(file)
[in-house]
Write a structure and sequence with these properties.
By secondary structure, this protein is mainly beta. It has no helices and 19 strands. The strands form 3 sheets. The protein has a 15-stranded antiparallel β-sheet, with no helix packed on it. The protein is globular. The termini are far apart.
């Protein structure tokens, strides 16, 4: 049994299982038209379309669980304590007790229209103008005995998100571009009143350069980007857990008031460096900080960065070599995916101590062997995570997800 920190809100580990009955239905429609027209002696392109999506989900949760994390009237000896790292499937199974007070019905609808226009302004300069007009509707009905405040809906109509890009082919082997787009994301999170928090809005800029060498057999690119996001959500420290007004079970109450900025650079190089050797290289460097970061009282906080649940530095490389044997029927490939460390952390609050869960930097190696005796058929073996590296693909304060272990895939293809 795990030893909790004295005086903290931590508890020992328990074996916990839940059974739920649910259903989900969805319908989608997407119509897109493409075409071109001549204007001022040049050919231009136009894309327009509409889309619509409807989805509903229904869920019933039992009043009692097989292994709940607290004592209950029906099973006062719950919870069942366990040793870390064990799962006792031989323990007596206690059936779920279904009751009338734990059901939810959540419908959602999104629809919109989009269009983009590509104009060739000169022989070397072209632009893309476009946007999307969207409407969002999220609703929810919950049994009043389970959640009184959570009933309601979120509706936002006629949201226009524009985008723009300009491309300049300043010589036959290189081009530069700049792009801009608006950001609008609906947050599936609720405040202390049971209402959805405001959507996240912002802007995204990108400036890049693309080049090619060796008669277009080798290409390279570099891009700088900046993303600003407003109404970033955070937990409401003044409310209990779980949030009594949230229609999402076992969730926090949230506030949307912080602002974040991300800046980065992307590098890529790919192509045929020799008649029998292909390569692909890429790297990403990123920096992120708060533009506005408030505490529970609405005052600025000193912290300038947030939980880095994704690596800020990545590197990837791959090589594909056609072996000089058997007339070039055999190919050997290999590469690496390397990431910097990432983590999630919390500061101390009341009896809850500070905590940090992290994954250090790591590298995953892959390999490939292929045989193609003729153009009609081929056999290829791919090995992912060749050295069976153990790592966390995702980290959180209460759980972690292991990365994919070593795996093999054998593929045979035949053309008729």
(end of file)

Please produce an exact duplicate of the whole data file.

[in-house]
Write a structure and sequence with these properties.
By secondary structure, this protein is mainly beta. It has no helices and 19 strands. The strands form 3 sheets. The protein has a 15-stranded antiparallel β-sheet, with no helix packed on it. The protein is globular. The termini are far apart.
């Protein structure tokens, strides 16, 4: 049994299982038209379309669980304590007790229209103008005995998100571009009143350069980007857990008031460096900080960065070599995916101590062997995570997800 920190809100580990009955239905429609027209002696392109999506989900949760994390009237000896790292499937199974007070019905609808226009302004300069007009509707009905405040809906109509890009082919082997787009994301999170928090809005800029060498057999690119996001959500420290007004079970109450900025650079190089050797290289460097970061009282906080649940530095490389044997029927490939460390952390609050869960930097190696005796058929073996590296693909304060272990895939293809 795990030893909790004295005086903290931590508890020992328990074996916990839940059974739920649910259903989900969805319908989608997407119509897109493409075409071109001549204007001022040049050919231009136009894309327009509409889309619509409807989805509903229904869920019933039992009043009692097989292994709940607290004592209950029906099973006062719950919870069942366990040793870390064990799962006792031989323990007596206690059936779920279904009751009338734990059901939810959540419908959602999104629809919109989009269009983009590509104009060739000169022989070397072209632009893309476009946007999307969207409407969002999220609703929810919950049994009043389970959640009184959570009933309601979120509706936002006629949201226009524009985008723009300009491309300049300043010589036959290189081009530069700049792009801009608006950001609008609906947050599936609720405040202390049971209402959805405001959507996240912002802007995204990108400036890049693309080049090619060796008669277009080798290409390279570099891009700088900046993303600003407003109404970033955070937990409401003044409310209990779980949030009594949230229609999402076992969730926090949230506030949307912080602002974040991300800046980065992307590098890529790919192509045929020799008649029998292909390569692909890429790297990403990123920096992120708060533009506005408030505490529970609405005052600025000193912290300038947030939980880095994704690596800020990545590197990837791959090589594909056609072996000089058997007339070039055999190919050997290999590469690496390397990431910097990432983590999630919390500061101390009341009896809850500070905590940090992290994954250090790591590298995953892959390999490939292929045989193609003729153009009609081929056999290829791919090995992912060749050295069976153990790592966390995702980290959180209460759980972690292991990365994919070593795996093999054998593929045979035949053309008729």